Efforts on the campaign trail and the years before did not go unnoticed by powerful cannabis advocates. In spring of 2018, Polis secured an influential endorsement from the National Organization for the Reform of Marijuana Laws (NORML)'s PAC. In a statement, NORML Executive Director Erik Altieri said, "During his tenure in Congress, Jared Polis has been the preeminent champion for ending our nation’s failed federal prohibition on marijuana and an unrelenting force in standing up for Colorado’s legalization and medical marijuana laws."
Polis' campaign showed a commitment to cannabis by targeting industry professionals with custom texts and mailers on marijuana issues. Other efforts included voter registration drives at dispensaries and hiring an outreach director who solely focused on cannabis. As the Colorado Sun explained, "All of it dovetailed with Polis’ unwavering support for legalized cannabis at the state and federal level."
Colorado’s Cannabis Market Under Polis
In January, Governor Polis laid out his ambitious plans for Colorado in his first State of the State address. Aside from cannabis, the Governor has set his sights on lower health care costs, full-day kindergarten, parental leave, renewable energy and tax reform.
Concerning marijuana, many expect more cannabis legislation to be introduced during this session. During the previous session, Colorado saw twenty cannabis-related regulations go into effect. Some of the more pressing issues that are expected to be discussed in 2019 include:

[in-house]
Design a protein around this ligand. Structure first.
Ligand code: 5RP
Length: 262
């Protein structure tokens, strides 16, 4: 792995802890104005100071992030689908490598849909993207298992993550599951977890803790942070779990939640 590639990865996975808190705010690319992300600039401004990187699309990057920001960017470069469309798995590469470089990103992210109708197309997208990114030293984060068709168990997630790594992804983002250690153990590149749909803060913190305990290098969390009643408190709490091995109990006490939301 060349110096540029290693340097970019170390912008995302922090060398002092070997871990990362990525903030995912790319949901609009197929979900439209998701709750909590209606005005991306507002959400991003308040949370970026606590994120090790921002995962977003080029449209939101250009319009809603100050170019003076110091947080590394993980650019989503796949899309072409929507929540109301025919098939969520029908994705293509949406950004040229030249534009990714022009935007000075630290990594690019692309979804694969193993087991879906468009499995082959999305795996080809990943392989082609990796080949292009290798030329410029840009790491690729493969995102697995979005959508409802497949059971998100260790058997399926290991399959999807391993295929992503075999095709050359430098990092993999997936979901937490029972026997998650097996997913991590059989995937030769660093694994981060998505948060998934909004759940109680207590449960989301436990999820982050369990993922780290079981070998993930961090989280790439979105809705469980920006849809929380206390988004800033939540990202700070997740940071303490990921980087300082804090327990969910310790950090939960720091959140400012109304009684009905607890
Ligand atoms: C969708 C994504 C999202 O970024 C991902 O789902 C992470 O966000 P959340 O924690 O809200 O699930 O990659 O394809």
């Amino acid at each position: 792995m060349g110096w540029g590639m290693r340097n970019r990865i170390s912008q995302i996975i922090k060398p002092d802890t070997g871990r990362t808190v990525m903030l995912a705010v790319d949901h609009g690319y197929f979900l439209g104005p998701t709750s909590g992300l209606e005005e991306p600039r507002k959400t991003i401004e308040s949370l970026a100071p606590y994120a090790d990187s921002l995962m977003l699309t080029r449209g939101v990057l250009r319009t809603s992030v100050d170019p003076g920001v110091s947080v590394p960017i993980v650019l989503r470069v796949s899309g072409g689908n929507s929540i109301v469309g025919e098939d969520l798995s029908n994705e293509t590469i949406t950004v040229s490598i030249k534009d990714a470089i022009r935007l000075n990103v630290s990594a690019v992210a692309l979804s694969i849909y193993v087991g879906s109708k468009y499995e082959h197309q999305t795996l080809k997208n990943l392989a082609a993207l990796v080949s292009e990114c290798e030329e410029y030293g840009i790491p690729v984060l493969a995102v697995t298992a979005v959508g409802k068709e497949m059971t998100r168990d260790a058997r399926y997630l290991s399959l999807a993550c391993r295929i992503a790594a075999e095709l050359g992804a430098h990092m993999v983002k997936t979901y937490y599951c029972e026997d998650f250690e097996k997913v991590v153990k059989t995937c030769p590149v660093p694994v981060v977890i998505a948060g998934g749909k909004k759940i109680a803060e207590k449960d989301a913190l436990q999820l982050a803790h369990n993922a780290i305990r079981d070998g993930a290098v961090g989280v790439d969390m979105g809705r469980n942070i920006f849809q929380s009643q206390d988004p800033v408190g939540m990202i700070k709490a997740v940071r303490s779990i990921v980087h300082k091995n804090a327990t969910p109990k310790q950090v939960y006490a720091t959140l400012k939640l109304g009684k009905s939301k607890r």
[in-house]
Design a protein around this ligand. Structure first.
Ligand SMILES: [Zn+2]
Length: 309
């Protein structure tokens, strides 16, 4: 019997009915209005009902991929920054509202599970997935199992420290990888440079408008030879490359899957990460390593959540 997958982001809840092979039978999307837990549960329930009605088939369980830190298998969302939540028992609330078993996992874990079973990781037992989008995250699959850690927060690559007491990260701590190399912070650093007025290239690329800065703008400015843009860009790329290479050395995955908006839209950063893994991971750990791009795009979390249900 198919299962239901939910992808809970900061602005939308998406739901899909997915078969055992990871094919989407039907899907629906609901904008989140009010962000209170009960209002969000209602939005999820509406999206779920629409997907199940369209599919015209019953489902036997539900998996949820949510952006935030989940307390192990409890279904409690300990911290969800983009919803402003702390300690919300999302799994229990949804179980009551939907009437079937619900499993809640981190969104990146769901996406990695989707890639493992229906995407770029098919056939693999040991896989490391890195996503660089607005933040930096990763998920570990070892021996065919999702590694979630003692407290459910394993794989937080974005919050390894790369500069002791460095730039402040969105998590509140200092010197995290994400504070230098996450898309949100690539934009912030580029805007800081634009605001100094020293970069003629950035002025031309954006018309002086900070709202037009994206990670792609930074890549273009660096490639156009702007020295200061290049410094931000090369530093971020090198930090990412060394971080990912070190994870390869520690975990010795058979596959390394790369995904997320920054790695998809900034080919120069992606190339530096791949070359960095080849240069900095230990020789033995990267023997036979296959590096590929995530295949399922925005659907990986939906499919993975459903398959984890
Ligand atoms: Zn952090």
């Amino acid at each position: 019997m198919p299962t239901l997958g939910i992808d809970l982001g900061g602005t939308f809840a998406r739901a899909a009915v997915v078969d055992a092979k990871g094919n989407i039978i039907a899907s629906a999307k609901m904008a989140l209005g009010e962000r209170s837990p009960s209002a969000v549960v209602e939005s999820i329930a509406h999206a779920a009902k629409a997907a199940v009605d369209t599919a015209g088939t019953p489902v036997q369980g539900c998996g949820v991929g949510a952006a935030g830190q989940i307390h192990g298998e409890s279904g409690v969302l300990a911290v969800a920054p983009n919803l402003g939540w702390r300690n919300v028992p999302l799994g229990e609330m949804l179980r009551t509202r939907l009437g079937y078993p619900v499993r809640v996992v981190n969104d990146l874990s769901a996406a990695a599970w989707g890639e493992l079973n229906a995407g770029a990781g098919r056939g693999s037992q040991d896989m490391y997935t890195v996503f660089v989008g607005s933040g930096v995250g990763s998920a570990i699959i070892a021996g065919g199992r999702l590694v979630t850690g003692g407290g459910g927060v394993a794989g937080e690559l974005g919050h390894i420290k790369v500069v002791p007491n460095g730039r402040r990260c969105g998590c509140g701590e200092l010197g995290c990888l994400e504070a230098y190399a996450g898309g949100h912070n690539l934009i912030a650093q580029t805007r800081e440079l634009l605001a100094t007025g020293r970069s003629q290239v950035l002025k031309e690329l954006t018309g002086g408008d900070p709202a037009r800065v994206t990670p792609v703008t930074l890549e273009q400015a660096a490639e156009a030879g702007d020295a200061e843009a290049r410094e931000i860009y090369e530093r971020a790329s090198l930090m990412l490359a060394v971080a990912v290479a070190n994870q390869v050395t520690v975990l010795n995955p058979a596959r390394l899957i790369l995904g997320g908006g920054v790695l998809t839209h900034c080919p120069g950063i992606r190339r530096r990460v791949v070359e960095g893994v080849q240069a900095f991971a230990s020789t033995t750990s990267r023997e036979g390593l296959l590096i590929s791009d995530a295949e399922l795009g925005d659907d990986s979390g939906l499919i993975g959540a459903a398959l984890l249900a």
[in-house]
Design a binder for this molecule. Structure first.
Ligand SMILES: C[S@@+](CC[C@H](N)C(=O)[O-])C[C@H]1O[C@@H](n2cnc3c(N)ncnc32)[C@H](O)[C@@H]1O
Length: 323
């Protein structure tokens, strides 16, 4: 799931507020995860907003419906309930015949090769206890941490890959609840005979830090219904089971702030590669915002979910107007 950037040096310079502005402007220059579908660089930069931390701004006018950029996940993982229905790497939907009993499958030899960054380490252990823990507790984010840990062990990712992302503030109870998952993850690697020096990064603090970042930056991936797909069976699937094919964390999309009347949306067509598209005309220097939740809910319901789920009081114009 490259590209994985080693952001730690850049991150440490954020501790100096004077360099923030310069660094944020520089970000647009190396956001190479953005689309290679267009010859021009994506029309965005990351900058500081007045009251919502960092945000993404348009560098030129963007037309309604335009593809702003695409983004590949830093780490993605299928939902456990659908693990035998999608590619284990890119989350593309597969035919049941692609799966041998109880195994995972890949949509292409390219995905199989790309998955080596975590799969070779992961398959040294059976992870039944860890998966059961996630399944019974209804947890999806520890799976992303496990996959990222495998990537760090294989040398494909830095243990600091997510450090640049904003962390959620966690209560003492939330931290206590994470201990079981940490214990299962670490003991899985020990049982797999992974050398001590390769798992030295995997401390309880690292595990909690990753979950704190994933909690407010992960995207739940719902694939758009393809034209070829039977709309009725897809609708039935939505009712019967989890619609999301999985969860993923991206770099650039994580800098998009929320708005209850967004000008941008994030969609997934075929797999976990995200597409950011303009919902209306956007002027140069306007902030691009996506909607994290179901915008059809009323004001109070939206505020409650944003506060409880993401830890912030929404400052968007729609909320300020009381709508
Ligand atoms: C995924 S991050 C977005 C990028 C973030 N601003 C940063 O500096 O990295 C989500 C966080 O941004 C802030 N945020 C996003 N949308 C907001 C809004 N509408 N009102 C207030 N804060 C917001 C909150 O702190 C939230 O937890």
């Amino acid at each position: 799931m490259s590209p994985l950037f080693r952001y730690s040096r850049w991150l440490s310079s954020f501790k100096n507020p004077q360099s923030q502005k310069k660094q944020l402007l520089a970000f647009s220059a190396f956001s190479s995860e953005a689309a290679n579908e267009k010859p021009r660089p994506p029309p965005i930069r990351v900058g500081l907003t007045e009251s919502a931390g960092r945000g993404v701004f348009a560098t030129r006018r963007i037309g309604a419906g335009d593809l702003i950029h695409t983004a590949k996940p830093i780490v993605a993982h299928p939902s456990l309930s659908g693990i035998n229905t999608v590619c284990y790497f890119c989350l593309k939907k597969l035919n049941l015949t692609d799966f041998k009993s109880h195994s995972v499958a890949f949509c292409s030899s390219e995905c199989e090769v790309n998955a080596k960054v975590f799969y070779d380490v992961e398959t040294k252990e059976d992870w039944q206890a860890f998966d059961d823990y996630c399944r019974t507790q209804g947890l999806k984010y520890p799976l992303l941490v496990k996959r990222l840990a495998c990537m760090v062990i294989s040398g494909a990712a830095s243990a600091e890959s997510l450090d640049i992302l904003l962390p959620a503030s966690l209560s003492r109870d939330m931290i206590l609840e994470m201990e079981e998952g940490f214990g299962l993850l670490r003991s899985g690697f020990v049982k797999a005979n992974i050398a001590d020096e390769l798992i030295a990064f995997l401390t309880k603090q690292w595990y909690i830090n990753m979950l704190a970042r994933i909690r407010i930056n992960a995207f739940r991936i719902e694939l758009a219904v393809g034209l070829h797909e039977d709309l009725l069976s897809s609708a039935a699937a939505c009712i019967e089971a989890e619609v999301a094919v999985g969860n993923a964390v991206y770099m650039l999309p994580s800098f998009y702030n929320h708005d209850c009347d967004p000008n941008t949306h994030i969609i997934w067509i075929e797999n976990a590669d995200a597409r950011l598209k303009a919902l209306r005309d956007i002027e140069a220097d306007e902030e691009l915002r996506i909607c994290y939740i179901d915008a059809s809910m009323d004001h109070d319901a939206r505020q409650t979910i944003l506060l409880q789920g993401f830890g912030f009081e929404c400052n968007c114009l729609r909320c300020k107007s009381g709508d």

2019 Colorado Cannabis Legislation Possibilities:
- Expanded Medical Qualifying Conditions: Hickenlooper's veto to allow the addition of autism did not sit well with Gov. Polis. It is expected to be re-introduced in 2019. Other expanded conditions could include acute pain and opioid-related conditions.
- Social Cannabis Consumption: Another Hickenlooper veto focused on dispensaries having tasting-room permits. This, as well as a law concerning cannabis hospitality and social pot use, are all anticipated this year.
- Licensed Cannabis Delivery: After failing to pass in the Senate last year, delivery could be brought up once again. Its inclusion of recreational use is still uncertain.
- Publicly-traded Investment: Hickenlooper's third veto halted public companies investing in Colorado's licensed cannabis businesses. Now, with Polis in power, his call for the bill to be re-introduced makes it likely that the measure will go up again this session.
- Medical and Recreational Regulation Merger: Though some are concerned this move would eliminate the state's medical market, others contend that it advances the market by mirroring parallel industries.
With Governor Polis at the helm, Colorado may see its laws and market advance in ways the past Governor did not want to allow. Anything could happen. However, with Polis’ track record, cannabis is just one facet of life in Colorado that could prosper in the years to come.
What are your thoughts on Colorado’s new pro-cannabis Governor? Share them in the comments below!